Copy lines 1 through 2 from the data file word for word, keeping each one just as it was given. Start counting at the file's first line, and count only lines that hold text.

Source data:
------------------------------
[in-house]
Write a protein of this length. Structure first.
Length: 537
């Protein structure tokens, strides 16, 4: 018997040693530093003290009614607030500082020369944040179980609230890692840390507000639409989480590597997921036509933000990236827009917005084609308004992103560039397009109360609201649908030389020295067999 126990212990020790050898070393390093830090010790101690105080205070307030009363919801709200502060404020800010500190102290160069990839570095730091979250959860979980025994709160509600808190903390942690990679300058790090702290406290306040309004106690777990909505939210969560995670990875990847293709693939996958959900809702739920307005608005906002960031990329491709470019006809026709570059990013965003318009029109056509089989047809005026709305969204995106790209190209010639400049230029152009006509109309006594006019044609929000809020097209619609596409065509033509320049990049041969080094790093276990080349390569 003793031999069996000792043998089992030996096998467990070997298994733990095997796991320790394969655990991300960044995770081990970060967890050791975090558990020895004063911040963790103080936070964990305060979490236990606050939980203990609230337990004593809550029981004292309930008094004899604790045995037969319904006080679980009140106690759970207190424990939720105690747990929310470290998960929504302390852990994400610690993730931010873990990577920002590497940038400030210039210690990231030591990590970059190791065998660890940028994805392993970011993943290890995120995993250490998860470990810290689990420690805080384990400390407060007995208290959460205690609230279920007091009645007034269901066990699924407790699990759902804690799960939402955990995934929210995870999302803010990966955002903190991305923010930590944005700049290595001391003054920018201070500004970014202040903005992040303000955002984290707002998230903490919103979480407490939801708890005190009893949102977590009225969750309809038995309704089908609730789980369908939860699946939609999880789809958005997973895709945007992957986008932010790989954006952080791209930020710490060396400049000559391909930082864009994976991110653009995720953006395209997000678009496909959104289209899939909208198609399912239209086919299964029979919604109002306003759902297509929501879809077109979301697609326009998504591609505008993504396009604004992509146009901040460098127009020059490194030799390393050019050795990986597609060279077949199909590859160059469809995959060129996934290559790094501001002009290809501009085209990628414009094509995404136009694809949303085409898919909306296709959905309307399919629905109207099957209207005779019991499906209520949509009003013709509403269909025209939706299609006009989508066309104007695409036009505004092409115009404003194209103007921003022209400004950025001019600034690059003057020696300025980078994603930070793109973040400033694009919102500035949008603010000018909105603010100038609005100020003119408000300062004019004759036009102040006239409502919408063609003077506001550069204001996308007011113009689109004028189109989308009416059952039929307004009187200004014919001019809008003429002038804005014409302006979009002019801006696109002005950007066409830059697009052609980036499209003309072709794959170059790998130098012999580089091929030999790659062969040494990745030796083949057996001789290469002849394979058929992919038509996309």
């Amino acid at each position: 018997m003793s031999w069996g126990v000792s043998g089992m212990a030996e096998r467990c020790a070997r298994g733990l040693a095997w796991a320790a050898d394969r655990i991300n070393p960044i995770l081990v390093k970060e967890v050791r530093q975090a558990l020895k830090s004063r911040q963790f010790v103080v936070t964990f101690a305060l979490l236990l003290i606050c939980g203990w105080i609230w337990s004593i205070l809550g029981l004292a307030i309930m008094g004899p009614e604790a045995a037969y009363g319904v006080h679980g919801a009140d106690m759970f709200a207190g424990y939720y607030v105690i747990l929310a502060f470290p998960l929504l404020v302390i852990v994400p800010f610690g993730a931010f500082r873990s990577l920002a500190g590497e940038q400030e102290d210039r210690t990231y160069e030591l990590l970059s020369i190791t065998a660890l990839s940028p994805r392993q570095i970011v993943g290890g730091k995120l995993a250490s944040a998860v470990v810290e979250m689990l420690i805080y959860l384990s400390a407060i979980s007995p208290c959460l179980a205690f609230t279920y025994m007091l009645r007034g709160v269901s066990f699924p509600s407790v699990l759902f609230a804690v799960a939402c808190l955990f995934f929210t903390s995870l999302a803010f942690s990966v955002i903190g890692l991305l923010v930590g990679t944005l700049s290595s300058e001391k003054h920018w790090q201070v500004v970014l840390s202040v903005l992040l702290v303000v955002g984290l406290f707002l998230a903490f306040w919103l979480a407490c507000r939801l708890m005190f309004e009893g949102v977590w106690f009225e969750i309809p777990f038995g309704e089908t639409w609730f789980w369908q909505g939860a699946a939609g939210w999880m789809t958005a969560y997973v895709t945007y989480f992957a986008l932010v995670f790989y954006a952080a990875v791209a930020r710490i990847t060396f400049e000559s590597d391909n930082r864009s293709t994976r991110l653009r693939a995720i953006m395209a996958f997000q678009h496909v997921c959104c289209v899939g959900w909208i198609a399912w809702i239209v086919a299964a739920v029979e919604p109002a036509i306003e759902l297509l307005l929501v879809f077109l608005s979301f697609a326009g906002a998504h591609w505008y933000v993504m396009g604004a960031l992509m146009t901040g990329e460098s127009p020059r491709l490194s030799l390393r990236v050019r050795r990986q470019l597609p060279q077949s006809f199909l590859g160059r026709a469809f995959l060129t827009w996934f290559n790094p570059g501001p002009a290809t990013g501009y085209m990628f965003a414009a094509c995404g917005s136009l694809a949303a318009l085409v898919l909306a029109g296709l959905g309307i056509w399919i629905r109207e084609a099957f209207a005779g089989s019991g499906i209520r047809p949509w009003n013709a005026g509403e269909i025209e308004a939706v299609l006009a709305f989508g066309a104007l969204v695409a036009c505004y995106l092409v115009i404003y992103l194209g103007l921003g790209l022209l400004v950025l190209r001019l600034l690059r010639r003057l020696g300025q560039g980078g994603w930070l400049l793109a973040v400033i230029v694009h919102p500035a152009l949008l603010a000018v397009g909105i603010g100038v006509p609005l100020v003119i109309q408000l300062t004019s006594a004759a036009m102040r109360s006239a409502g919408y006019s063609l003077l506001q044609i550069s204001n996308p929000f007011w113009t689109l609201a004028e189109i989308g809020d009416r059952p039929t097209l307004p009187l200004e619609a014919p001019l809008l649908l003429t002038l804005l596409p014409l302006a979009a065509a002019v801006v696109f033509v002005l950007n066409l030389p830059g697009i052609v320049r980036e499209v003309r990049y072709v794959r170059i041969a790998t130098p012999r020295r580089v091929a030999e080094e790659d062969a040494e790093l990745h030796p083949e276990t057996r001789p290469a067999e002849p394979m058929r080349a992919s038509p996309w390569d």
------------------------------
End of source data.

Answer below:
[in-house]
Write a protein of this length. Structure first.